2022-05-11 07:03:00来源:网络



  Part I Writing (30 minutes)

  Directions: For this part, you are allowed 30 minutes to write a composition on the topic: Precious Water. You should write at least 150 words following the outline given below:

  1. 举例说明水对人类的重要性

  2. 举例说明我国所面临的水资源问题

  3. 为了生存和发展人们要……

  Precious Water

  Part II Reading Comprehension (Skimming and Scanning) (15 minutes)

  Directions: In this part, you will have 15 minutes to go over the passage quickly and answer the questions on Answer Sheet 1. For questions 1-7, choose the best answer from the four choices marked A),B),C) and D). For question 8-10, complete the sentences with the information given in the passage.

  Pollution: A Life and Death Issue

  One of the main themes of Planet under Pressure is the way many of the Earth's environmental crises reinforce one another. Pollution is an obvious example-we do not have the option of growing food, or finding enough water, on a squeaky-clean planet, but on one increasingly tarnished and trashed by the way we have used it so far.

  Cutting waste and clearing up pollution cost money. Yet time and again it is the quest for wealth that generates much of the mess is the first place. Living in a way that is less damaging to the Earth is not easy, but it is vital, because pollution is pervasive and often life-threatening.

  Air: the World Health Organization (WHO) says three million people are killed worldwide by outdoor air pollution annually from vehicles and industrial emissions, and 1.6 million indoors through using solid fuel. Most are in poor countries.

  Water: diseases carried in water are responsible for 80% of illnesses and deaths in developing countries, killing a child every eight seconds. Each year 2.1 million people die from diarrhoeal (痢疾的) diseases associated with poor water.

  Soil: contaminated land is a problem in industrialized countries, where former factories and power stations can leave waste like heavy metals in the soil. It can also occur in developing countries, sometimes used for dumping pesticides. Agriculture can pollute land with pesticides, nitrate-rich fertilizers and slurry from livestock. And when the contamination reaches rivers it damages life there, and can even create dead zones off the coast, as in the Gulf of Mexico.

  Chronic Problem

  Chemicals are a frequent pollutant. When we think of chemical contamination it is often images of events like Bhopal that come to mind. But the problem is widespread. One study says 7~20% of cancers are attributable to poor air and pollution in homes and workplaces. The WHO, concerned about chemicals that persist and build up in the body, especially in the young, says we may "be conducting a large-scale experiment with children's health".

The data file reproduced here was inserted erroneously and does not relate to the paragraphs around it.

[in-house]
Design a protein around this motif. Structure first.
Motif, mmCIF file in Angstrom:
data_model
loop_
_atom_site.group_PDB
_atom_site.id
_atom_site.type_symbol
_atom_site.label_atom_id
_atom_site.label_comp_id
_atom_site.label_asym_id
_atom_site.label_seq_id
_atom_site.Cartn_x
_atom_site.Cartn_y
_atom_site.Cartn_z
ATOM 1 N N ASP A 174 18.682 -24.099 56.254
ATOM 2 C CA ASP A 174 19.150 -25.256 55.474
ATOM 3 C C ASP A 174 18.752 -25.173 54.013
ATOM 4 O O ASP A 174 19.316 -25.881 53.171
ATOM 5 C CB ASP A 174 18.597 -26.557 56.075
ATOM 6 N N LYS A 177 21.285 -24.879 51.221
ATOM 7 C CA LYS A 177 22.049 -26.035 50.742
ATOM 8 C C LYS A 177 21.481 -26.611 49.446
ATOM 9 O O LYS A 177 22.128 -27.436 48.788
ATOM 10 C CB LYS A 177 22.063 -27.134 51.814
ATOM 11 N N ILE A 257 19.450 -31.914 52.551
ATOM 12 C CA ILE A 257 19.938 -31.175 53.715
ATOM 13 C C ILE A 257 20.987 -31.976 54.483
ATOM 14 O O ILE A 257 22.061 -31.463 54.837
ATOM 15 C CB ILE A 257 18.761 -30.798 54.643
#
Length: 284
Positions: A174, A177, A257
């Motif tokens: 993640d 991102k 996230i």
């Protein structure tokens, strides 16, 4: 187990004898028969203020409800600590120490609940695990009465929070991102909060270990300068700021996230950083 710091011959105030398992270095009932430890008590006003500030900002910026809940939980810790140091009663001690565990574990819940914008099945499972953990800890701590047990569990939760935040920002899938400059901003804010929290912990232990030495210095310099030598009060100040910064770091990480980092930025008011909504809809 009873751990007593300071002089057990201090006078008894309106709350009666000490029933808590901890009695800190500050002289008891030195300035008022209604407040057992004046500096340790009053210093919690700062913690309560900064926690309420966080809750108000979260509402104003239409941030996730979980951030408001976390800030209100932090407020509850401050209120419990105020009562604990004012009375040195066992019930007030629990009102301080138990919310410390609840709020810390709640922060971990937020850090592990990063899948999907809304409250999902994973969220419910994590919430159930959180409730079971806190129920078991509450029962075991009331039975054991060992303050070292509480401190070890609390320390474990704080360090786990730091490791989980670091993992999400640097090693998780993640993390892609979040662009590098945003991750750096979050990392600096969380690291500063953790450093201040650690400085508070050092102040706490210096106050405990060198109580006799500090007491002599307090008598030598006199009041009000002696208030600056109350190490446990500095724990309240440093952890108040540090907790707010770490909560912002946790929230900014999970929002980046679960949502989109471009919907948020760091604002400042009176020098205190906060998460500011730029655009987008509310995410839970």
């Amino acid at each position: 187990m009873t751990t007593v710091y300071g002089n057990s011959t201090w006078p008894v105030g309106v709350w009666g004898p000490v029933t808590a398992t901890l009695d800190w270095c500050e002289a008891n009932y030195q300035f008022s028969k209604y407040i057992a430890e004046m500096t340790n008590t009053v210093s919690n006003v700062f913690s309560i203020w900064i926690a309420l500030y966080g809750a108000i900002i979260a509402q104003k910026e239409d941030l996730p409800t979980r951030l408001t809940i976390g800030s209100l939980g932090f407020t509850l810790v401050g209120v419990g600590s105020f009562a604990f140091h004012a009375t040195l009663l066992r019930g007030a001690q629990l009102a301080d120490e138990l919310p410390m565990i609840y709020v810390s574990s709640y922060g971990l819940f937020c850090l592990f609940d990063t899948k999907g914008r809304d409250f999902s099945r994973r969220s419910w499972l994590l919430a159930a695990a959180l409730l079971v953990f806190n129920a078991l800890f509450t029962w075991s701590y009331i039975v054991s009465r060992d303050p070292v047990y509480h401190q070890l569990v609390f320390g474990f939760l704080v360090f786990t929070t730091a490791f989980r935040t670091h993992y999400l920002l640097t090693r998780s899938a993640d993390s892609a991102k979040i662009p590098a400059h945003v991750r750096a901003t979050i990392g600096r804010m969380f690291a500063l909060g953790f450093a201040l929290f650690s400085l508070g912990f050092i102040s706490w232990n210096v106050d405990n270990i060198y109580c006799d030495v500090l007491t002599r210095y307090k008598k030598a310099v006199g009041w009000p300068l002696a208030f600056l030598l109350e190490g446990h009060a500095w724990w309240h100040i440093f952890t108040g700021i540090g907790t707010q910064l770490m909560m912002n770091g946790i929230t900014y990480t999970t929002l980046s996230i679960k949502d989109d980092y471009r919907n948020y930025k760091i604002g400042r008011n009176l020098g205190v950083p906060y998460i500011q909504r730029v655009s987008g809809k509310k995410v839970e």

Some man-made chemicals, endocrine (内分泌) disruptors like phthalates (酞酸盐) and nonylphenol-a breakdown product of spermicides (杀精子剂), cosmetics and detergents-are blamed for causing changes in the genitals of some animals. Affected species include polar bears-so not even the Arctic is immune. And the chemicals climb the food chain, from fish to mammals, and to us.

  About 70,000 chemicals are on the market, with around 1,500 new ones appearing annually. At least 30,000 are thought never to have been comprehensively tested for their possible risks to people.

  At first glance, the plastic buckets stacked in the corner of the environmental NGO office look like any others. But the containers are an unlikely weapon in one poor community's fight against oil companies which they say are responsible for widespread ill-health caused by years of pollution. The vessels are used by a network of local volunteers, known as the Bucket Brigade, to gather air samples in neighborhoods bordering oil refineries, as part of a campaign to monitor and document air pollution which they believe is coming from the plants.

  In South Africa, as in many developing and newly industrialized countries, legislation on air pollution has failed to keep pace with mushrooming industries. So local residents, like many in poor communities around the globe, have faced the problem of investigating their claim that industries on their doorsteps are making them sick.


  But the snag is that modern society demands many of them, and some are essential for survival. So while we invoke the precautionary principle, which always recommends erring on the side of caution, we have to recognize there will be trade-offs to be made.

  The pesticide DDT does great damage to wildlife and can affect the human nervous system, but can also be effective against malaria (疟疾). Where does the priority lie?

  The industrialized world has not yet cleaned up the mess it created, but it is reaping the benefits of the pollution it has caused. It can hardly tell the developing countries that they have no right to follow suit.